• <MAC ADDRESS>: I think it’s that mac address of the ave server; you can find it easily listening for any event on the mqtt integration and trying to switch on and off something; it’s the same for every device;
  • <id>: it’s the id that ave assign to each device in your installation; as above, you can sniff the id by switching on and off the relevant device in your installation;
  • <unique_id>: the HASS unique id for the device; must be lowercase and without any space
  • <friendly name>: the name that will be shown on HASS interface; it can be aby string you like

NOTE! the mqtt integration will let you to set the retain policy: NEVER SET RETAIN TO TRUE!.

if you set retain to true, the mqtt server will remember the last imparted instruction, and republish it whenever the server get disconnected/reconnected (which happes quite often), therefore you can have some “ghost” commands fired randomly in inconvenient time (like in the middle of the night, scaring me a lot!). Just let retain to false and never be bothered back.

Lights (switches):

lights are pretty straightforward, just a simple on/off command. In the eye of HASS, this are really switches more than lights.

- platform: mqtt
    unique_id: <unique_id>
    name: "<friendly name>"
    state_topic: "/<MAC ADDRESS>/devices/lights/<id>/state"
    command_topic: "/<MAC ADDRESS>/devices/lights/<id>/state"
    payload_on: "1"
    payload_off: "0"
    optimistic: false
    qos: 0
    icon: hass:lightbulb # comment out if you want simple switch icon instead of the lightbulb

Thermostat (climate)

thermostat are quite basic: they will constantly publish current temperature, you can read and set the target temp, and you can turn it on and off.

You can’t change the schedule like in the ave app, but with these tool you can set up one of your own with HASS if you like.

  - platform: mqtt
    unique_id: <unique_id>
    name: "<friendly name>"
      - 'off'
      - 'heat'
    current_temperature_topic: "/<MAC ADDRESS>/devices/thermostats/<id>/current_temp"
    temperature_command_topic: "/<MAC ADDRESS>/devices/thermostats/<id>/target_temp"
    temperature_state_topic: "/<MAC ADDRESS>/devices/thermostats/<id>/target_temp"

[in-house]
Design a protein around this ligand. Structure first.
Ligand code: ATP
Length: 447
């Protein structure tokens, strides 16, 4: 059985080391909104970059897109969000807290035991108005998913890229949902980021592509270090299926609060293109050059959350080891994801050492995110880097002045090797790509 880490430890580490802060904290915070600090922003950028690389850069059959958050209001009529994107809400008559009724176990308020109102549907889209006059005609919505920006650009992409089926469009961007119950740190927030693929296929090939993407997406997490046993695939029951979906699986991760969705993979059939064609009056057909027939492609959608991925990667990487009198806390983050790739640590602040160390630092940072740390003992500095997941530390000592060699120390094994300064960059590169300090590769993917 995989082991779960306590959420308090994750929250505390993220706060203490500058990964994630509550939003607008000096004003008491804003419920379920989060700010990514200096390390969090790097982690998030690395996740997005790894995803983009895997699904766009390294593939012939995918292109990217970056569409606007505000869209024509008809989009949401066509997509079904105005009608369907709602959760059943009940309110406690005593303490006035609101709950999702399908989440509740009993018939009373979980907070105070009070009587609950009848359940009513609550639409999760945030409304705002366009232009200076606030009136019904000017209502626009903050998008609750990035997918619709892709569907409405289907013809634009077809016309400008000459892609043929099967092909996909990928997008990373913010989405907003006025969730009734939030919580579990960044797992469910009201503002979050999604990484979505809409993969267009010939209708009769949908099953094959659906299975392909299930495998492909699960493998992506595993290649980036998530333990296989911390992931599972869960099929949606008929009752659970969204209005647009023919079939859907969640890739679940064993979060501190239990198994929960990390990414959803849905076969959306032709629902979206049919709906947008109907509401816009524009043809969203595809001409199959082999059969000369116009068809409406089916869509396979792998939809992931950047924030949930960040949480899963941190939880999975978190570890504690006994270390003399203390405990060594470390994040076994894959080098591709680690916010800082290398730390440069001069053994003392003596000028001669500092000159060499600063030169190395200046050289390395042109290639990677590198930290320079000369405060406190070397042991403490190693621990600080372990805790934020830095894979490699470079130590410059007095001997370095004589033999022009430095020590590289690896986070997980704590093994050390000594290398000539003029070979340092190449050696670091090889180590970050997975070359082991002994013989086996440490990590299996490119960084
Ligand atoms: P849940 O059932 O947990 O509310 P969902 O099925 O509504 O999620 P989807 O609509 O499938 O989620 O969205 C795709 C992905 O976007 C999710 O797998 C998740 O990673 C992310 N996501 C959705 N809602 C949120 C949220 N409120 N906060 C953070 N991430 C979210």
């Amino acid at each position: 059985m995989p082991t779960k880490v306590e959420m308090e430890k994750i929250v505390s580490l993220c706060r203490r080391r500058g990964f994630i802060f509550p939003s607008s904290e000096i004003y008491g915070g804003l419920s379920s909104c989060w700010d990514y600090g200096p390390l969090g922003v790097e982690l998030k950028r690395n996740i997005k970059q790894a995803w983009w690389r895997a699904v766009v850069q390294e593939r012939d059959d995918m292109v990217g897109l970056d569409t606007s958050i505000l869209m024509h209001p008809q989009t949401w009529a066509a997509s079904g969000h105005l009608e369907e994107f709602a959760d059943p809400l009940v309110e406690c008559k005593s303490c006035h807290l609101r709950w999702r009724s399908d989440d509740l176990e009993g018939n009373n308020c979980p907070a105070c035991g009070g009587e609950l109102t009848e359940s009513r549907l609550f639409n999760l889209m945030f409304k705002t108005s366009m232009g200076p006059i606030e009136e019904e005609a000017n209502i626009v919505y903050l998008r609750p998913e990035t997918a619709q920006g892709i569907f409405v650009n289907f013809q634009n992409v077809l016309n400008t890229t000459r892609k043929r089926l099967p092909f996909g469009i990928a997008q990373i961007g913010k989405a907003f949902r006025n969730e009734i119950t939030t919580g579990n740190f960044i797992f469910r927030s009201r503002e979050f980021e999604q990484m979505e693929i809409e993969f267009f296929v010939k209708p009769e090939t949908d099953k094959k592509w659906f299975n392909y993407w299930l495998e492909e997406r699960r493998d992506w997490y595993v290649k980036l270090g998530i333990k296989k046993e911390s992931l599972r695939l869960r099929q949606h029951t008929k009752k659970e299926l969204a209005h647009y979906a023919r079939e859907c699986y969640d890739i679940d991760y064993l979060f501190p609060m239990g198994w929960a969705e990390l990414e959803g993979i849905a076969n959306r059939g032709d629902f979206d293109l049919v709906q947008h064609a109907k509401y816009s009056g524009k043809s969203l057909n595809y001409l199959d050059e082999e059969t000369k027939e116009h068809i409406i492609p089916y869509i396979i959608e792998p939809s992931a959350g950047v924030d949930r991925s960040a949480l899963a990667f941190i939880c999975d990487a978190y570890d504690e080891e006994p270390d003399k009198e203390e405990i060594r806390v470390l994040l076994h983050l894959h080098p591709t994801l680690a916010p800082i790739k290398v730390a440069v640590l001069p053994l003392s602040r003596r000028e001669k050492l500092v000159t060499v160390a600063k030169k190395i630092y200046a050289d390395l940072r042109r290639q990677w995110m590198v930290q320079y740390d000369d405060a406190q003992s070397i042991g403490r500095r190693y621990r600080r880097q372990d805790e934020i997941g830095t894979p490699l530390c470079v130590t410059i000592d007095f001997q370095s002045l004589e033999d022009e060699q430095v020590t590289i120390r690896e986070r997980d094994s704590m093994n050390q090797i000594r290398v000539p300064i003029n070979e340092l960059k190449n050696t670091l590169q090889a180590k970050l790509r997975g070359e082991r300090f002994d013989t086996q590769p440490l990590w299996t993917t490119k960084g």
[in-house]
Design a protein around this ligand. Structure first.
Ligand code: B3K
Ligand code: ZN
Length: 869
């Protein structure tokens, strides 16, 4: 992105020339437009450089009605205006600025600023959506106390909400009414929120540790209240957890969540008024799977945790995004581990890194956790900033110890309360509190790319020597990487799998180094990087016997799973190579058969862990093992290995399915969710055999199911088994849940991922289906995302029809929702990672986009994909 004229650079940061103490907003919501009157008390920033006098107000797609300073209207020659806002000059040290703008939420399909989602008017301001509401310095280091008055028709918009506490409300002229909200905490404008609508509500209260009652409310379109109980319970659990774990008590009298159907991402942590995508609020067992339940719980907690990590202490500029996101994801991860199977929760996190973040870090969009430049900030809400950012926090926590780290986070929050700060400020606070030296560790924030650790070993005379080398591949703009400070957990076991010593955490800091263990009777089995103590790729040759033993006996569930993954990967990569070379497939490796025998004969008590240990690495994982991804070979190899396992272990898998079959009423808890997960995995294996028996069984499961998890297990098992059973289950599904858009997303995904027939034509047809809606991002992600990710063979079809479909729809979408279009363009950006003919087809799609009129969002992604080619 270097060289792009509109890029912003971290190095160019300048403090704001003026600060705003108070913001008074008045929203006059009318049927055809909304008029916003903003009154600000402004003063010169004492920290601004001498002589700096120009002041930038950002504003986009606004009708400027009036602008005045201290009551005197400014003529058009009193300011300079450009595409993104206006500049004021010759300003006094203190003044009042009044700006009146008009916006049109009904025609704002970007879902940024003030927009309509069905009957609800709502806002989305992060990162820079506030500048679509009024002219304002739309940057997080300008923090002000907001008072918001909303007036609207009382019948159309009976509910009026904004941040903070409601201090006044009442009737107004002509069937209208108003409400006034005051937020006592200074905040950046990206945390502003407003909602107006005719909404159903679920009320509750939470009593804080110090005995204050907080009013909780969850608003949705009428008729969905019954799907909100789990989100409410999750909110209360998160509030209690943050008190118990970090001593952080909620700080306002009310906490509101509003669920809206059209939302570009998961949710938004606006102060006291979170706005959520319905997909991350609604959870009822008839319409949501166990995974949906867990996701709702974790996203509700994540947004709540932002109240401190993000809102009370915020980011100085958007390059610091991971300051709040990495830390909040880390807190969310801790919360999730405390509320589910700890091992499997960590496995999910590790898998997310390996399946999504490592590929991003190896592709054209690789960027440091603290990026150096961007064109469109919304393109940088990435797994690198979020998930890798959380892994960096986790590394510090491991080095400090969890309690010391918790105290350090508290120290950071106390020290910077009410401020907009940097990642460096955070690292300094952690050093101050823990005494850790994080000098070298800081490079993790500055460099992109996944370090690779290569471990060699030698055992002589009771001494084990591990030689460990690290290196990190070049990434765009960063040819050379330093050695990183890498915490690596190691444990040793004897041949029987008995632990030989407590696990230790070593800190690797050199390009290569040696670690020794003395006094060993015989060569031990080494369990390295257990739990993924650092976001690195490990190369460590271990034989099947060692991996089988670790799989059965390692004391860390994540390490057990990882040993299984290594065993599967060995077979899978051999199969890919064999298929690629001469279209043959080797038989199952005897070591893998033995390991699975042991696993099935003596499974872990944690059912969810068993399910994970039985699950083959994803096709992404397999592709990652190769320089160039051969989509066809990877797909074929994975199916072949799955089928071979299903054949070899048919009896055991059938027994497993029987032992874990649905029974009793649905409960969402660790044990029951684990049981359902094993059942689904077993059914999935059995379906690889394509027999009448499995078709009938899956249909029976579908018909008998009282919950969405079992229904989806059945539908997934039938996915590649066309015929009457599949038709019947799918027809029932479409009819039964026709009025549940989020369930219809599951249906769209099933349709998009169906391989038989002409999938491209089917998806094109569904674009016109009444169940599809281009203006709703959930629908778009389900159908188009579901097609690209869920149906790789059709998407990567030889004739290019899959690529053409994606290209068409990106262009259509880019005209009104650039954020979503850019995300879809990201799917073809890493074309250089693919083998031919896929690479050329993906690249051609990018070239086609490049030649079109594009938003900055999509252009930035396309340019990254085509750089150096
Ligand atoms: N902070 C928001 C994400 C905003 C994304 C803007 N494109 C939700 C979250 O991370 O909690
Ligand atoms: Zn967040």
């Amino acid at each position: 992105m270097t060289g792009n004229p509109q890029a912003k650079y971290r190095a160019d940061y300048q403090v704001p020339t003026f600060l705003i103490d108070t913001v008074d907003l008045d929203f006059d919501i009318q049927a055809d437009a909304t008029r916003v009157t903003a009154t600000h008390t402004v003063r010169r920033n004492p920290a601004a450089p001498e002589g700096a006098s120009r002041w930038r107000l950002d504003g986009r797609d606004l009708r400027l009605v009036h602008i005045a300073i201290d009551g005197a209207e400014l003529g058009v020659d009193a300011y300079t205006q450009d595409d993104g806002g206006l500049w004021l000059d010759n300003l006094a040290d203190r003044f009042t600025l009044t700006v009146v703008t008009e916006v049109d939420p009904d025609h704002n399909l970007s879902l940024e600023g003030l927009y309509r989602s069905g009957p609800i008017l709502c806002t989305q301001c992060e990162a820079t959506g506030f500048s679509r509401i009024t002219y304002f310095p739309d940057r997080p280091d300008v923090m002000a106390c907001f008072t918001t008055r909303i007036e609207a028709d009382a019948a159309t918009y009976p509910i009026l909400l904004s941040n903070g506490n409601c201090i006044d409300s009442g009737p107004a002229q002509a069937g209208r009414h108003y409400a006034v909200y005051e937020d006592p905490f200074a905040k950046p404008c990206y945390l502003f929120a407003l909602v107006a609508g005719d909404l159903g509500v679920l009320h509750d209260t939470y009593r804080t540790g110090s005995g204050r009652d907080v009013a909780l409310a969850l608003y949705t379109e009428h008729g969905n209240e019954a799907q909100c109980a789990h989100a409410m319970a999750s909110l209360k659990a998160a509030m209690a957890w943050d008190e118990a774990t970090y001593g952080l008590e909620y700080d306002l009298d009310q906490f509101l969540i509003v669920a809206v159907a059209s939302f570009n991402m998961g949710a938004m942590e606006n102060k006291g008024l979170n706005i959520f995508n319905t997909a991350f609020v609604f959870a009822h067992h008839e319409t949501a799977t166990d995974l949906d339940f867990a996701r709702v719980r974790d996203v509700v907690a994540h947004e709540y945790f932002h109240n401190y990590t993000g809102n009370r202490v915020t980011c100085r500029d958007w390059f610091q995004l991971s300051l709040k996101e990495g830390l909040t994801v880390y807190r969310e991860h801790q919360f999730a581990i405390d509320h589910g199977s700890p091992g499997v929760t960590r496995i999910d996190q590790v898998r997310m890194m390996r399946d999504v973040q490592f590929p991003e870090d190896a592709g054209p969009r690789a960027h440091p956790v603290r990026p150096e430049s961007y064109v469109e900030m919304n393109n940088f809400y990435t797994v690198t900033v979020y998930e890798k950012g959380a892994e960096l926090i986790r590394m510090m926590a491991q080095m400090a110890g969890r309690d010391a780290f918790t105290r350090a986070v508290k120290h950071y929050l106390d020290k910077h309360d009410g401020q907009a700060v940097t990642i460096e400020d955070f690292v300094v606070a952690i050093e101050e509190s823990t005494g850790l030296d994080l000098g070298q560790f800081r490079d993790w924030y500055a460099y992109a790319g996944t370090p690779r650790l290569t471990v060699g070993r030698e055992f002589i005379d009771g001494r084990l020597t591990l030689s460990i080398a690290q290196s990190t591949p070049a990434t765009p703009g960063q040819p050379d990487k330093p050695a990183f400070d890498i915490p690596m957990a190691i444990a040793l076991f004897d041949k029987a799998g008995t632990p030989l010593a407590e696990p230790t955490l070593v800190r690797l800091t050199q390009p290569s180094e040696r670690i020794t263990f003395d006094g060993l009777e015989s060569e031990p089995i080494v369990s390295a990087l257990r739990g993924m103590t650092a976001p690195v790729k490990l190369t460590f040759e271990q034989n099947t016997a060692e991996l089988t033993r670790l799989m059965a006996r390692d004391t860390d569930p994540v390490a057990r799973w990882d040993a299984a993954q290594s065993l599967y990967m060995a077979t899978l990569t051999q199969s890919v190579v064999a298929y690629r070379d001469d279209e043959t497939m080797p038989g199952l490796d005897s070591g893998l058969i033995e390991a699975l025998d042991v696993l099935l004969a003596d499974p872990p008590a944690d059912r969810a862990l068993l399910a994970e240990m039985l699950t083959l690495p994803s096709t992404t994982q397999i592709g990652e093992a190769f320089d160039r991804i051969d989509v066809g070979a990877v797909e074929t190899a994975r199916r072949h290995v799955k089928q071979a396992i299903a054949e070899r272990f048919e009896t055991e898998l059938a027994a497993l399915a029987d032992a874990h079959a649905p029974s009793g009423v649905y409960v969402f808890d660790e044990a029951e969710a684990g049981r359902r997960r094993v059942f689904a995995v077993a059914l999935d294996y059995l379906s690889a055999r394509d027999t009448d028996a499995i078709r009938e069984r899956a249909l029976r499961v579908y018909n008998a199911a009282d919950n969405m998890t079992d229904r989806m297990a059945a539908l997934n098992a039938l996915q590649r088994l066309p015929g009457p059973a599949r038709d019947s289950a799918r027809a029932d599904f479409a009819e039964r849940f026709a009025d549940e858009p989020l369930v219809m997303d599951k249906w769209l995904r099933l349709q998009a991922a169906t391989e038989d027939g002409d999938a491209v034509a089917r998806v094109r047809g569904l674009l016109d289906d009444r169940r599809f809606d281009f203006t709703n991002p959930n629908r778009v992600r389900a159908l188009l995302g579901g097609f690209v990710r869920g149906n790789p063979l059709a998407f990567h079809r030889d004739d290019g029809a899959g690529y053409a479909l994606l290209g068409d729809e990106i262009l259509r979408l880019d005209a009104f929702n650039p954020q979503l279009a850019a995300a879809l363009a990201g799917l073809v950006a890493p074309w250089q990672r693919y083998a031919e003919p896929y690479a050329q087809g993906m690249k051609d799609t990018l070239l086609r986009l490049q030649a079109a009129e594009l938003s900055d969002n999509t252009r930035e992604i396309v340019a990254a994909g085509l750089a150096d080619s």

power_command_topic: "/<MAC ADDRESS>/devices/thermostats/<id>/state"
    payload_on: 1
    payload_off: 0
    qos: 0


you can even turn on the scene programmed in the ave server. (I am using this less and less though)

  - platform: mqtt
    unique_id: <unique_id>
    name: "<friendly name>"
    command_topic: /<MAC ADDRESS>/devices/scenes/<id>/request
    payload_on: RUN
    qos: 0
    retain: false


And now I present you my pride and joy!

Covers are tricky to do with mqtt because the topic to set the state of the blind is the same one where to read the current state. So if you want to query the state of the blind, you are really issuing a command to the device. Also the ave server won’t update the state of the blind until it has complete the cycle (if you send open command, the ave server will report the cover is closed until it is fully opened and you hear the physical switch goin off; same in the other direction).

Furthermore, the ave server only support two states: 0 (closed) or 1 (open), but in reality the cover will be in intermediate state (opening and closing) and also you can decide to stop it halfway.

Combine all of this together and you get false commands and “stuttering” of the blind. I strongly suspect that’s the reason you can’t control a cover with google home or alexa.

So, how you can control a device with only two possible states with the HASS cover integration which support 4 different states (5 if you count the stop halfway command)?

Here comes the trick: ave server will only care for the first character of the message payload published on the state topic, so you can have different messages for the different states as long you reseverved the first character to either be a 1 or 0 so that ave server can handle it; HASS will instead read the rest of the message and set the cover state accordingly. I’ve used three payload command (0-OPEN, 0-STOPPED, 1-CLOSE), and five different states:

  • state_open: 0 (will be pulished by the ave server when cover is fully open)
  • state_opening: 0-OPEN
  • state_stopped: 0-STOP
  • state_closing: 1-CLOSE
  • state_closed: 1 (will be pulished by the ave server when cover is fully closed)
  - platform: mqtt
    unique_id: <unique_id> 
    name: "<friendly name>"
    state_topic: "/<MAC ADDRESS>/devices/blinds/<id>/state"
    command_topic: "/<MAC ADDRESS>/devices/blinds/<id>/state"
    position_topic: "/<MAC ADDRESS>/devices/blinds/<id>/state"
    payload_open: "1-OPEN"
    payload_close: "0-CLOSE"
    payload_stop: "0-STOP"
    state_open: "1"
    state_closed: "0"
    qos: 0
    device_class: shutter
    state_opening: "1-OPEN"
    state_closing: "0-CLOSE"
    state_stopped: "0-STOP"
    optimistic: true
    position_template: >- # with this you can differentiate the state when the cover is stopped halfway
      {% if (value == '0') %} # the cover is fully closed (0%)
      {% elif (value == '1') %} # the cover is fully open (100%)
      {% else %} # any other position will be report at 50% (halfway)
      {% endif %}